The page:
Communicating Science

A Mere 11,7% of All Students Enroll in Science Programs at Austrian Universties

Opinion | Angela Woebking | April 2008

Let’s face it: most students despise science. Though unfortunate, in fact, science and technology are among the least favorite fields of study. The latest study reports by the Federal Ministry of Education, Science and Culture, concluded that a mere 11.7% students enrolled in science programs at Austrian Universities.

This has not escaped the attention of the European Union who met in Lisbon in 2000 and established a set of goals "to make the EU the most competitive and dynamic knowledge-based economy in the world…, focusing on boosting research and development," with a supporting study to measure the interest in scientific research in all of the EU’s 27 member states. Austria, it turns out, is part of the problem and may be impeding the successful achievement of that goal.

Less than half of Austrians (42%) report an interest in science, according to research conducted through the media, ranking below the EU-average of 57%. In Sweden for example, a whopping 80% of the population expressed interest in scientific research.

So where has Austria gone wrong? And how could this country achieve statistics similar to Sweden?

An answer may require an assessment of Sweden’s Ministry of Science, to see how science is promoted to a population of a little over nine million, just larger than Austria. However, a fleeting glance at Austria’s record quickly reveals potential problems.

Though Austria has launched several PR campaigns to help polish up the image of science, these appear to be missing vital elements. The Austrian Science Fund, for example, awards grants to stand-alone projects on the communication of basic scientific research. Though praiseworthy, how many are actually aware of this program supported by Austria’s Ministry of Science.

Many argue that the solution to the problem can only begin in the education system.  That may be true, and change would involve both retraining and support for teachers and professors willing to take the responsibility of spurring interest in science among young adults.

However, institutions such as the Austrian Science Fund, that has passed out  €163 Million in 2007 alone for the support of basic research, ought to take on an active roll in bringing this information to the public. And this may be the key to the problem. The focus needs to be on the general public as opposed to the existing scientific community.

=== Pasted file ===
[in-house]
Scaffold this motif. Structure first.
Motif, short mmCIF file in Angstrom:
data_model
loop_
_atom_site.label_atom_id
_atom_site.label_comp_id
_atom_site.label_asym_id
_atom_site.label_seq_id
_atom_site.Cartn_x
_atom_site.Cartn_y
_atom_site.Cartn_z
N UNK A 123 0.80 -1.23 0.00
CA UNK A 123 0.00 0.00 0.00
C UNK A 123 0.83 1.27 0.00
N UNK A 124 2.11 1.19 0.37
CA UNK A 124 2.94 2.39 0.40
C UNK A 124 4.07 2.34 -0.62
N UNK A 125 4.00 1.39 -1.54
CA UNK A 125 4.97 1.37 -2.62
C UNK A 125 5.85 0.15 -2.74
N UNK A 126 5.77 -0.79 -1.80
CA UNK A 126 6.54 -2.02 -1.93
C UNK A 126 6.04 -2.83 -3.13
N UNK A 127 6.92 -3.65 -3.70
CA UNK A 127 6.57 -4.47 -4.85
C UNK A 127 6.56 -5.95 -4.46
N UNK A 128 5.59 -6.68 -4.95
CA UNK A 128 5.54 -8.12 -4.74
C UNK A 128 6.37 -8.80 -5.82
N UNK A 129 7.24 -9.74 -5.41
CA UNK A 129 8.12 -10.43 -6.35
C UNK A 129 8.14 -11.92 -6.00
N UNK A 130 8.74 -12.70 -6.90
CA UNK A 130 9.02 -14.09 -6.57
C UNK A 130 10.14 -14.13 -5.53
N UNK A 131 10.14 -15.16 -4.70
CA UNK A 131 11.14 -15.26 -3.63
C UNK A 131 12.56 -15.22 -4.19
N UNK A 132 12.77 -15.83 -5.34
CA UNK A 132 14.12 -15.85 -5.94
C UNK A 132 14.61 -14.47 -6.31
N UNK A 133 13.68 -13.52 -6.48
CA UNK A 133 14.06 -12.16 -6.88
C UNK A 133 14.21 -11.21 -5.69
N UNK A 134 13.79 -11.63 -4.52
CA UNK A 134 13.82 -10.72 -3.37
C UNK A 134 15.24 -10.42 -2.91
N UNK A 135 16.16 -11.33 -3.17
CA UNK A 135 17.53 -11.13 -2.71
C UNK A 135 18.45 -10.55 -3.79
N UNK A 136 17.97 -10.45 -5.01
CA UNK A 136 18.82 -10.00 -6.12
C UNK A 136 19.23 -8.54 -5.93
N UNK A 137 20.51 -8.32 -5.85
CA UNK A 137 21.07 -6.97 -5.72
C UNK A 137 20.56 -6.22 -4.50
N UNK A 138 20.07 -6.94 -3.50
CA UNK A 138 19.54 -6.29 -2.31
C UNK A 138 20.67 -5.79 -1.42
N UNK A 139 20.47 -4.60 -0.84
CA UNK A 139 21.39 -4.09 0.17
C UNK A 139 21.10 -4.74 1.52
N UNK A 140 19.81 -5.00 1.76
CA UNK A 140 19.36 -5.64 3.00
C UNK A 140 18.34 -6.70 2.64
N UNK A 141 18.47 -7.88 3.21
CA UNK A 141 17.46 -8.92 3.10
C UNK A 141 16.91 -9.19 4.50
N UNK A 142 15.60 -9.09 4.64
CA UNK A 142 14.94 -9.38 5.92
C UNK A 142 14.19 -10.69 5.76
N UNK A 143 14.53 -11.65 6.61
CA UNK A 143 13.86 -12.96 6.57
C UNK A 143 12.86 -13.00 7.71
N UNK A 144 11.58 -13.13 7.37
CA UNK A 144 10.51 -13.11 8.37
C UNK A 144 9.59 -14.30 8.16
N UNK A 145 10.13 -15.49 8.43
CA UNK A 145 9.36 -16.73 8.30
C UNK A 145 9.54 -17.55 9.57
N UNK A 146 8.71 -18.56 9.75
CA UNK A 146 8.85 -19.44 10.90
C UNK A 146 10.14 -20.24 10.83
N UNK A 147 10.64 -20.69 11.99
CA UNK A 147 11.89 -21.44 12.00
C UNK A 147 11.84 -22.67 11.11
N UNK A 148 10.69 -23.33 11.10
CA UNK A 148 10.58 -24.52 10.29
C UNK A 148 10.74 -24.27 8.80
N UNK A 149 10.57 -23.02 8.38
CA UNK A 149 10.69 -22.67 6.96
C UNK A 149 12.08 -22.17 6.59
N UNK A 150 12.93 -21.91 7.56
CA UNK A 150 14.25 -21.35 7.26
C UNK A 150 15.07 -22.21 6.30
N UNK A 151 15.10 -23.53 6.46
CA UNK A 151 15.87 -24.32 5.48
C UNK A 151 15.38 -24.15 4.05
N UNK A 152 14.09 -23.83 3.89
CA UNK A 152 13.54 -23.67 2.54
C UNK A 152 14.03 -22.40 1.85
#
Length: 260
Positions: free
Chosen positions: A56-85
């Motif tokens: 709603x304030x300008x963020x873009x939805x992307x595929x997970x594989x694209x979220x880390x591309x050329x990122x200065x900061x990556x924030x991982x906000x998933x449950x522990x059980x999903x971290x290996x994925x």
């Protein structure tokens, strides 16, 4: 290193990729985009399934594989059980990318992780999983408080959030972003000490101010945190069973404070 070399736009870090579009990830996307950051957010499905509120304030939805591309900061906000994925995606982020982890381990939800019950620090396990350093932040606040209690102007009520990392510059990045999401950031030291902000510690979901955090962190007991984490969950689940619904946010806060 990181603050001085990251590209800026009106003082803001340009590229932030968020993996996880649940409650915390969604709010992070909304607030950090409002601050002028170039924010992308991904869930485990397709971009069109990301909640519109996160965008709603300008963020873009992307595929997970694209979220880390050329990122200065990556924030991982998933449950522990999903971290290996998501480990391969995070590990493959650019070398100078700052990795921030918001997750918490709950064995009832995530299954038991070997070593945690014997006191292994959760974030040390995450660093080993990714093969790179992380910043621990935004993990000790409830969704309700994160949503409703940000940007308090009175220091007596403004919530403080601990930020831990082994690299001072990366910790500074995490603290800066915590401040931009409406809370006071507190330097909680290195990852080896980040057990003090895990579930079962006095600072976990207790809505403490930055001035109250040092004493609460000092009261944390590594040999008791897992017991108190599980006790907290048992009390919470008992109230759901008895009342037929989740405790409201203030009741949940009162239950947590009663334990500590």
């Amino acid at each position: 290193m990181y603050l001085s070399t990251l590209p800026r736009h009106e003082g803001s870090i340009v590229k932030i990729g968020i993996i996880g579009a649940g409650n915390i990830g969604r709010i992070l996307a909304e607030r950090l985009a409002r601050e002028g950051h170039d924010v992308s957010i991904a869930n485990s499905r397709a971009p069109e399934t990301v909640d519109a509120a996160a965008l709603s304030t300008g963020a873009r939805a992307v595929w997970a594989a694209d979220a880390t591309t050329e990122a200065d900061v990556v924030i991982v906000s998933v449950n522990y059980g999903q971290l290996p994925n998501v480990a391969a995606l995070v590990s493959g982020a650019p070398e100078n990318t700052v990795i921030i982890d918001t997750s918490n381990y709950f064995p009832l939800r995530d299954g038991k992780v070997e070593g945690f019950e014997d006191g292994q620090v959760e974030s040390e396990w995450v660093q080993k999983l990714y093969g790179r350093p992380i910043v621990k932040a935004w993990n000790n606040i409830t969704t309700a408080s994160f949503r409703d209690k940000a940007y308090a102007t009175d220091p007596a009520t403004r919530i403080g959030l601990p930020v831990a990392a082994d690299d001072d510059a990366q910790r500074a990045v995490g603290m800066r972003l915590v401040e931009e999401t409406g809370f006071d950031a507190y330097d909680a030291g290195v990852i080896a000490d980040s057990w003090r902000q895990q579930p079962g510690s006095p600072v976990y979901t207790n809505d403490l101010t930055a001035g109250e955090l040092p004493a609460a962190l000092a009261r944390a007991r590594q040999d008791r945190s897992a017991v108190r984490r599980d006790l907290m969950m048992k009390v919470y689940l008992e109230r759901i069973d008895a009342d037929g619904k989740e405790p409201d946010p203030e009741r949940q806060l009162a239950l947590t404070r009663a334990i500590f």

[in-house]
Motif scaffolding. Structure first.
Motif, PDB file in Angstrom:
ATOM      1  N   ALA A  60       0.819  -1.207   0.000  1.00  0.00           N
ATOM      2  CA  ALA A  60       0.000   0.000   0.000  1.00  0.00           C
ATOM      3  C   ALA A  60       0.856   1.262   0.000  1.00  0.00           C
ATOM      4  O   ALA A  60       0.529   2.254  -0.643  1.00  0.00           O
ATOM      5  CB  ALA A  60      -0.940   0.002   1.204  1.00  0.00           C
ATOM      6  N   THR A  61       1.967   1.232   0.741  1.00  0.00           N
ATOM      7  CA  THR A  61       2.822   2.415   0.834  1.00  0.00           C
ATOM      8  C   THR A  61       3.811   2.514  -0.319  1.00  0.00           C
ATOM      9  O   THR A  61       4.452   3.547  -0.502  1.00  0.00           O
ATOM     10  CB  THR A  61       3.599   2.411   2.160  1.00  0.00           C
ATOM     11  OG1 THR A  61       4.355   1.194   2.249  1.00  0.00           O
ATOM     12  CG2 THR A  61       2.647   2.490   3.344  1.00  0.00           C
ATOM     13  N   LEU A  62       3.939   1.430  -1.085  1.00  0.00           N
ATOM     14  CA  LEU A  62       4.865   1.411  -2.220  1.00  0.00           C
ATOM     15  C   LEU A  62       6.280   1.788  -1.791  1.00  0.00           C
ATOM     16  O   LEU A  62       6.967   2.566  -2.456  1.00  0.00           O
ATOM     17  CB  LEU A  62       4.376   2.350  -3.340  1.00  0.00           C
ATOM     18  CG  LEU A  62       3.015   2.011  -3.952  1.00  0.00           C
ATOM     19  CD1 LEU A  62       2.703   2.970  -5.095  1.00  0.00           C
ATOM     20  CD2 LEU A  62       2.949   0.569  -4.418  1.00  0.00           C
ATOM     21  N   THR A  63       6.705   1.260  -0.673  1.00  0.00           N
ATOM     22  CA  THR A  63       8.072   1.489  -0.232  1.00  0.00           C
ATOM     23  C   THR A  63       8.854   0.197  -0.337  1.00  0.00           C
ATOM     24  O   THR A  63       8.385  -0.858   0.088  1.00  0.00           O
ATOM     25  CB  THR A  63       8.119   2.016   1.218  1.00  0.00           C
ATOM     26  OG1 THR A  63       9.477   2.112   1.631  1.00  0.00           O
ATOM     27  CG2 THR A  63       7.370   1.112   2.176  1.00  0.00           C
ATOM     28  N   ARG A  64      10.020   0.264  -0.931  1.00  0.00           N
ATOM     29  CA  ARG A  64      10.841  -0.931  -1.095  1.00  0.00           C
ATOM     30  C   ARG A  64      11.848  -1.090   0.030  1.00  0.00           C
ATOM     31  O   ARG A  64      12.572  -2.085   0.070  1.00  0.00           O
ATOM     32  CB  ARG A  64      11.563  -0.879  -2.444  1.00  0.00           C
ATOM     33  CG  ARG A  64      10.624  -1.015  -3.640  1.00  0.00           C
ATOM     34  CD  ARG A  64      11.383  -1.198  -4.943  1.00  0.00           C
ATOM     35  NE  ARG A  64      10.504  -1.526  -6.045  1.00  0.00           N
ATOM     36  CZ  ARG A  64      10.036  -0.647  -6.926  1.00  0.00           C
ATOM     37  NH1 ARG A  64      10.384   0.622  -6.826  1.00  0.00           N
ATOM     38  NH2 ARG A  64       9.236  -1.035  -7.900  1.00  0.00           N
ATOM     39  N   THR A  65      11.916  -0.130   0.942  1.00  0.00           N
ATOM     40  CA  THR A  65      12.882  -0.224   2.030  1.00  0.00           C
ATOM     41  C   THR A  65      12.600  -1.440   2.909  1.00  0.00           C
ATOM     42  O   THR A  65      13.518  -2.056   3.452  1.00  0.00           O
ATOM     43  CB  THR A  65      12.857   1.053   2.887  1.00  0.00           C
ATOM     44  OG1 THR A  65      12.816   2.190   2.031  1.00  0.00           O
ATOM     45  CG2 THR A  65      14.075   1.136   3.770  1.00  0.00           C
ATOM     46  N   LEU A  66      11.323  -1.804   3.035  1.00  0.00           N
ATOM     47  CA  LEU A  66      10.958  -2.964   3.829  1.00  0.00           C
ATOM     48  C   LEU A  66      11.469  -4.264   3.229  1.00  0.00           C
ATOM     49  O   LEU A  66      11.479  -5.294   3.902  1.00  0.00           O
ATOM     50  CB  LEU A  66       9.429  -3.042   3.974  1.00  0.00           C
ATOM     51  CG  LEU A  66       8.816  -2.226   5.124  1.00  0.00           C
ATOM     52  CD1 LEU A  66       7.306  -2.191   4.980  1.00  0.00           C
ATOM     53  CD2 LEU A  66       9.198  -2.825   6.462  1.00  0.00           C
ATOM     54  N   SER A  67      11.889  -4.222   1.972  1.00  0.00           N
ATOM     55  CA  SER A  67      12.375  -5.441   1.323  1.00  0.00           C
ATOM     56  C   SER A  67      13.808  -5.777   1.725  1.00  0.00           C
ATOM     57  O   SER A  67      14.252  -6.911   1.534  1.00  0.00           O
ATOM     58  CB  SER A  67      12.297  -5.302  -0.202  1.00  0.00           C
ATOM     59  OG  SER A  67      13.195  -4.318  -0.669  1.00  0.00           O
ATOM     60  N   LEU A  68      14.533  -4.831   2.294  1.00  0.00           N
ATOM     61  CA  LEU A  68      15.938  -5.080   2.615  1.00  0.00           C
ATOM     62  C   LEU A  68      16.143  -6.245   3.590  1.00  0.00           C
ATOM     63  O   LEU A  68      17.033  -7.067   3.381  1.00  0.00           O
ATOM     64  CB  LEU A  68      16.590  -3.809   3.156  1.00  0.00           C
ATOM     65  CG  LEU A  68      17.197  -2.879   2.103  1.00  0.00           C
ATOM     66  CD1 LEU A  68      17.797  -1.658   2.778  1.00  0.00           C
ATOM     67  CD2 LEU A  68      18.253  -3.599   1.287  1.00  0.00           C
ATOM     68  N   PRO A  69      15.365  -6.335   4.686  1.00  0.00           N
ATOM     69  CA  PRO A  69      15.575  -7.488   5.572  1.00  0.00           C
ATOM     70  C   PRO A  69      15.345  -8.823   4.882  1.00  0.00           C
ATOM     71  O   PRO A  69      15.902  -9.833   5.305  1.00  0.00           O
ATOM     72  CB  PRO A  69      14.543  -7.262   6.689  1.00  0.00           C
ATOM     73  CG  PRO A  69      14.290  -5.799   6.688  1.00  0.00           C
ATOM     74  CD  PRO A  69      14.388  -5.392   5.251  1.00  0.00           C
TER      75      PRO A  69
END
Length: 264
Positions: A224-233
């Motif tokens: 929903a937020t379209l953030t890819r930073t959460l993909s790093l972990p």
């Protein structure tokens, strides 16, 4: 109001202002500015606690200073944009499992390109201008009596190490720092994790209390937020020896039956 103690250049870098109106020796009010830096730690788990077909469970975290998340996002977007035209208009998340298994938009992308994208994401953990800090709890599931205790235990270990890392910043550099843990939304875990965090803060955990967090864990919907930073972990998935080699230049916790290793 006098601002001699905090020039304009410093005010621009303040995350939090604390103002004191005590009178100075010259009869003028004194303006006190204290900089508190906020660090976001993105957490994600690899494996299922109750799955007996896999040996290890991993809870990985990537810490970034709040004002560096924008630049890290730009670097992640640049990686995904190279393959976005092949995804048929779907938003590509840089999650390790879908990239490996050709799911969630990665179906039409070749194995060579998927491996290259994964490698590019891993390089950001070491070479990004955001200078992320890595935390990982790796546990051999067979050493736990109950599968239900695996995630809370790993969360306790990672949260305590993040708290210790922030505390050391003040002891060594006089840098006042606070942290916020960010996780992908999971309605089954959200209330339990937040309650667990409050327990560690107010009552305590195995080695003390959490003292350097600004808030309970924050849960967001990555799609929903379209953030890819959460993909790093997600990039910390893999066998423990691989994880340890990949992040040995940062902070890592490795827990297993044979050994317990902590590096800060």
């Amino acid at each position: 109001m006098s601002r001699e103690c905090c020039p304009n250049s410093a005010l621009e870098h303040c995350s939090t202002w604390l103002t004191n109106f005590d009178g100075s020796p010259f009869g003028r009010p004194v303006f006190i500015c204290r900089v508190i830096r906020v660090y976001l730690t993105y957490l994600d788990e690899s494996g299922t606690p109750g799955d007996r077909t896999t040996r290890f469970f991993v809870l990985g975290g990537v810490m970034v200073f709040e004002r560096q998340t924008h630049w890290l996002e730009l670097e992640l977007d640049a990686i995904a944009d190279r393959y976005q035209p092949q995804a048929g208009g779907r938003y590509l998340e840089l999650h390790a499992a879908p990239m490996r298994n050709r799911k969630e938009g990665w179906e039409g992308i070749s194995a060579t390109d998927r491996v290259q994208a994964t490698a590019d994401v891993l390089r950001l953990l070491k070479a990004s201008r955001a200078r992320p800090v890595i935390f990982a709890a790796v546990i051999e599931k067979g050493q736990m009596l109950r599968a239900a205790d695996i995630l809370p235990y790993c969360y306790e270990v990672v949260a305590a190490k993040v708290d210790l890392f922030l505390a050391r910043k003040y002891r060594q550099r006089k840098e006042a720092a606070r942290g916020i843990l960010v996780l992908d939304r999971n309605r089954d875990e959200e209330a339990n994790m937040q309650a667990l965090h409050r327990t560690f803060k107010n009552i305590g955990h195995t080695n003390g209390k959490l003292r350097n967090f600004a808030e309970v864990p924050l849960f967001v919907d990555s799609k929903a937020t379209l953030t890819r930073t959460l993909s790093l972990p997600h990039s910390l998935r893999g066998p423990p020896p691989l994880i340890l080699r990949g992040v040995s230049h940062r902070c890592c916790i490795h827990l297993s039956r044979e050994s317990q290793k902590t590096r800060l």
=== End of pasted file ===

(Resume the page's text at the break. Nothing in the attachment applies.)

"During a survey conducted by the Austrian Ministry of Science, two thirds of the respondents were incapable of naming a single Austrian researcher," says Heinz Oberhummer, a professor of physics at the Technical University Vienna.

"On many occasions, the scientists themselves were assigned the duty to produce the research pieces that were used to communicate to the public," suggesting that the material may have been too complex, the language too technical, and filled with professional jargon for a general reader to understand.

What is needed, Oberhummer says, are journalists capable of transforming complex scientific issues into messages that are accessible and appealing to the general public.

Educational programs like SciCo (, the Association for the Promotion of the Communication of Science, are a good start. These students complete a graduate program in Science Communication, which has defined the goals of teaching successful and professional communication of science.

Establishing a well-educated network of science communicators can help to shape the public’s awareness of scientific issues. The field of science and technology, which is advancing at a steady pace, offers subject matter of profound importance that also has the potential of stimulating interest even among those who tend to avoid it. The public also needs to keep up with these ever-advancing fields, to be an informed citizen in a world where science and technology defines so many areas of public policy.

A Long Night of Research (Lange Nacht der Forschung) in the tradition of the Long Night of Museums and of Churches, which  have drawn tens of thousands to Vienna’s houses of culture, is scheduled for November 2008 in Vienna and Klagenfurt, and could serve as a stepping-stone to growing public awareness and interest.

But Austria has a long way to go, if it plans to achieve a ranking remotely close to that of Sweden.

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